September – October 2014
& a special introduction by performance artist Jason Jenn, who will be performing an excerpt of his one man show ECSTASY FOR EVERYONE, inspired by the work of James Broughton.
A chronicle of the iconoclastic life of gay poet, filmmaker, and spiritual visionary James Broughton, one of the defining voices of the sexual revolution, whose groundbreaking artistic celebrations of sexuality and the body influenced generations of the 1960’s and 70’s to profoundly embrace life and ‘follow your own weird’.
A charismatic and visionary poet and filmmaker who emerged in the artistic renaissance of post – WWII San Francisco, James Broughton led a completely unconventional existence in his lifelong quest for creative artistry, sexual and spiritual love and an evolved state of happiness. BIG JOY is a celebratory mosaic of Broughton’s deeply intertwined creative and personal lives, vividly depicted through his involvement with a wide array of artists, activists and spiritual guides.
Directed by Eric Slade, Stephen Silha and Dawn Logsdon. USA. 2013. Digital. 82 mins.
About the filmmakers
Stephen Silha, producer and co-director, is a freelance writer, facilitator, and futurist who has made a practice of communicating about what makes communities and relationships work. He has reported for The Christian Science Monitor, the Minneapolis Star, and Yes! Magazine. He knew James Broughton, and was present at his death in 1999. Inspired by Broughton’s philosophy, life and work, he began a biography project which morphed into this film and multi-media project.
Eric Slade, co-director and producer, is an independent producer/director based in Portland, OR who has extensive experience with PBS. His independent documentary work includes Hope Along the Wind: The Story of Harry Hay (2002), The Impact of AIDS, Housing the American Dream, Safety in Numbers, Sex Life, and Acting Up for Prisoners.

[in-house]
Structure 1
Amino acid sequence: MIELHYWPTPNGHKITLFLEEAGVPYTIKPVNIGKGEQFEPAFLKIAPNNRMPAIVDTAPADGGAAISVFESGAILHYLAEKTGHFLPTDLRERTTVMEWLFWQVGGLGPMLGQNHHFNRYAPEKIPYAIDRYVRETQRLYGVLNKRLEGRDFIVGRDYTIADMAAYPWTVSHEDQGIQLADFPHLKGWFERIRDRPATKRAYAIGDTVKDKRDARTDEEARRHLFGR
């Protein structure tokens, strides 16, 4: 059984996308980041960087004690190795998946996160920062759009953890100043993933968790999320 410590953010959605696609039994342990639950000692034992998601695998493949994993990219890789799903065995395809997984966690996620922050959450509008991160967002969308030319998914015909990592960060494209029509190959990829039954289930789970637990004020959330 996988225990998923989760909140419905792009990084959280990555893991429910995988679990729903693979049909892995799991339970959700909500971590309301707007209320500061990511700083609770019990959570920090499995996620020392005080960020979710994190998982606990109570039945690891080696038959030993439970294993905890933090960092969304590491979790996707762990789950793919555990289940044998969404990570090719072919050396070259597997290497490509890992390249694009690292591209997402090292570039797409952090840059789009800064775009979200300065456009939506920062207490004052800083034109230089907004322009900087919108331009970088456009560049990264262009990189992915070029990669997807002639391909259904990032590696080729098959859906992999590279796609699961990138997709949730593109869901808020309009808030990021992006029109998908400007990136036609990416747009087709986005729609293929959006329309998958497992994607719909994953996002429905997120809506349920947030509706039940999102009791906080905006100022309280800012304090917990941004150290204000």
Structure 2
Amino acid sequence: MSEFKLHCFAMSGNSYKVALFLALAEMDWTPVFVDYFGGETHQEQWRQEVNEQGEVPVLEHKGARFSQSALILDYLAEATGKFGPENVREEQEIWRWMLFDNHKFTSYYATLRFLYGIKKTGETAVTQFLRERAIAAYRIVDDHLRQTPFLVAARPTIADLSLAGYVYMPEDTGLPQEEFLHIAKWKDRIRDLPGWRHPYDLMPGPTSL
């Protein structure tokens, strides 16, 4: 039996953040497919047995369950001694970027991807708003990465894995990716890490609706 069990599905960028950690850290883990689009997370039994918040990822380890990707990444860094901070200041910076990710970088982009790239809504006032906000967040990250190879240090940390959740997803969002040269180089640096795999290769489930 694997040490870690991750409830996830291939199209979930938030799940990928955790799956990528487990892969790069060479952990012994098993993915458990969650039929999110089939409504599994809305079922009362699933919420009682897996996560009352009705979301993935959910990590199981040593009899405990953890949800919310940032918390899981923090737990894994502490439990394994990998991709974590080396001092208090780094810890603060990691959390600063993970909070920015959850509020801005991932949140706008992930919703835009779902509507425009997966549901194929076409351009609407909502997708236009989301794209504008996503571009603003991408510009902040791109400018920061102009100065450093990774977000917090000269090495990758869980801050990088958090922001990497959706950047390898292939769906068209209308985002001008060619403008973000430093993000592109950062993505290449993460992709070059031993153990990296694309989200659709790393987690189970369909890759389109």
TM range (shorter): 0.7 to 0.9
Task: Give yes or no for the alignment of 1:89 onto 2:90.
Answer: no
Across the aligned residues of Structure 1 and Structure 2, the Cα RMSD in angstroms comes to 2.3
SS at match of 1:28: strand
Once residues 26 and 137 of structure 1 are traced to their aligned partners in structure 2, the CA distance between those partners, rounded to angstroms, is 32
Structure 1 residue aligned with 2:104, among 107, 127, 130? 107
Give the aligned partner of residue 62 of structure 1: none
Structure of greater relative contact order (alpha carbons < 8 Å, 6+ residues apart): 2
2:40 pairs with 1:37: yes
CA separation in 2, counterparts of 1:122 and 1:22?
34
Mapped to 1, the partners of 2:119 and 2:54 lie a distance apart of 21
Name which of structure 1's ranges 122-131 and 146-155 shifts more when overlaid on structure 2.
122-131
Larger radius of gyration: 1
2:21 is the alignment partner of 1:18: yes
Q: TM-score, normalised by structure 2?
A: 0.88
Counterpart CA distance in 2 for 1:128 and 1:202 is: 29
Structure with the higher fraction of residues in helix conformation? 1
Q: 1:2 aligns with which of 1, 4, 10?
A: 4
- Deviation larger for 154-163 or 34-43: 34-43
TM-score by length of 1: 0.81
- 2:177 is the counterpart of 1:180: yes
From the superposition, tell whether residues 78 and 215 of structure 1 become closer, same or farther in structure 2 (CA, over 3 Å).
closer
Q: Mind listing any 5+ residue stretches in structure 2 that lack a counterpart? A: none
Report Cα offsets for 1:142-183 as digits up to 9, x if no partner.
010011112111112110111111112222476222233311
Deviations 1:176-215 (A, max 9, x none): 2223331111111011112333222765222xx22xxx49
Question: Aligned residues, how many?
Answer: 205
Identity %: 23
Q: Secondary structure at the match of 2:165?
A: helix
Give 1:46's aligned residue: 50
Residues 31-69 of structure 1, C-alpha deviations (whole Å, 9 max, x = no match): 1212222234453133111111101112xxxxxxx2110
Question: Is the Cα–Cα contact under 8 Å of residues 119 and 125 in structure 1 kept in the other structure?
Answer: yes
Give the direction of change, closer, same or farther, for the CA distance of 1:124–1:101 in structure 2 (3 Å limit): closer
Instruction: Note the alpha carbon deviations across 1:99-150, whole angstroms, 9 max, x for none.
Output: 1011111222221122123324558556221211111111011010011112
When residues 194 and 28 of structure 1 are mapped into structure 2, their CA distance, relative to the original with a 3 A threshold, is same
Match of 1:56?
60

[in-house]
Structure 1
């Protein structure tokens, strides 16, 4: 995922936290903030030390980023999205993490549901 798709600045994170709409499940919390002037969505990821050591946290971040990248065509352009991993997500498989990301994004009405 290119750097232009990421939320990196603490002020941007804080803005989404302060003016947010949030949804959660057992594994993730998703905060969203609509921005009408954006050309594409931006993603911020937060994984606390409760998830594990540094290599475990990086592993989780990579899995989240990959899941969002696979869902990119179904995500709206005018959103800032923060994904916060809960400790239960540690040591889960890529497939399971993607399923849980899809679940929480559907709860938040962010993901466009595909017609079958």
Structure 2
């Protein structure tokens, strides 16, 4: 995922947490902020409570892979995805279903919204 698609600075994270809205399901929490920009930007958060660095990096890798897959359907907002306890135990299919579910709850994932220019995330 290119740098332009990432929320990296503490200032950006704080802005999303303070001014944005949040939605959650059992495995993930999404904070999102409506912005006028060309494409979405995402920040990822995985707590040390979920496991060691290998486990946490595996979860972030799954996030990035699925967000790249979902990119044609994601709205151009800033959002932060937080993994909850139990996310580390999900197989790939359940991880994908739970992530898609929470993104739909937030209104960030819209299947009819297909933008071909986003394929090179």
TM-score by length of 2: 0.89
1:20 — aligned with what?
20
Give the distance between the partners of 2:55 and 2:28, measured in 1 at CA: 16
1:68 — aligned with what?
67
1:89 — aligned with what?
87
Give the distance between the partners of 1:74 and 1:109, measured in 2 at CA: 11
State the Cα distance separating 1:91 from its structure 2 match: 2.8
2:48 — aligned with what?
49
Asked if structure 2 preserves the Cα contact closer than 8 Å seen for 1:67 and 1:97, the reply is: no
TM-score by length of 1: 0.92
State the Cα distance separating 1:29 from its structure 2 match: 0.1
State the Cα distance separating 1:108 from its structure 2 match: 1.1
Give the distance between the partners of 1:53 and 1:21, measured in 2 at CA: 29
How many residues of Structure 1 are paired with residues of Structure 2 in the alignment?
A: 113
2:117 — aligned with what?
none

Jason Jenn is an LA-based performance artist, director, designer, and event planner who was inspired by the film BIG JOY and James Broughton’s poetry to create performance events using Broughton’s poetry and films, bringing them a vibrant contemporary feel.
Be sure to catch the full performance of Jenn’s ECSTASY FOR EVERYONE the following day. The performance is a full hour of sensual delights that will leave audiences uplifted and aptly experiencing the ecstasy of James’ wondrous wit and wild whimsy. FREE & OPEN TO THE PUBLIC! Friday, September 5, 2014 at 8pm at the SFAI Lecture Hall.
God Help The Girl is a musical feature film, written and directed by Stuart Murdoch, lead singer of the group Belle and Sebastian. It was produced by Barry Mendel and stars Emily Browning, Olly Alexander and Hannah Murray.
Stuart aspired to tell the story of “a better summer, or at least a summer when something happened. It happened to a boy and a girl and a girl in a city roughly the same size and population of Glasgow. Perhaps the canals were a bit grimier, the high-rise buildings taller, the streets emptier when you needed them to be, and the beat clubs busier than the ones around here. But on the whole the city was this one.”
According to Barry Mendel, “It’s a simple story – about the brief moment after you’ve realised what you want to do with your life, before your dream settles into becoming your job, when you’re filled with enthusiasm, meeting like-minded friends and the possibilities are endless.”
The film was shot, edited, scored and mixed in Glasgow over the course of 2012-2013 and is be released in cinemas around the world in 2014.
CHECK OUT OH SO MUCH MORE AT:
Director: Stuart Murdoch, 111 min. 2014
Official Site is here.
Official Selection, Sundance Film Festival 2014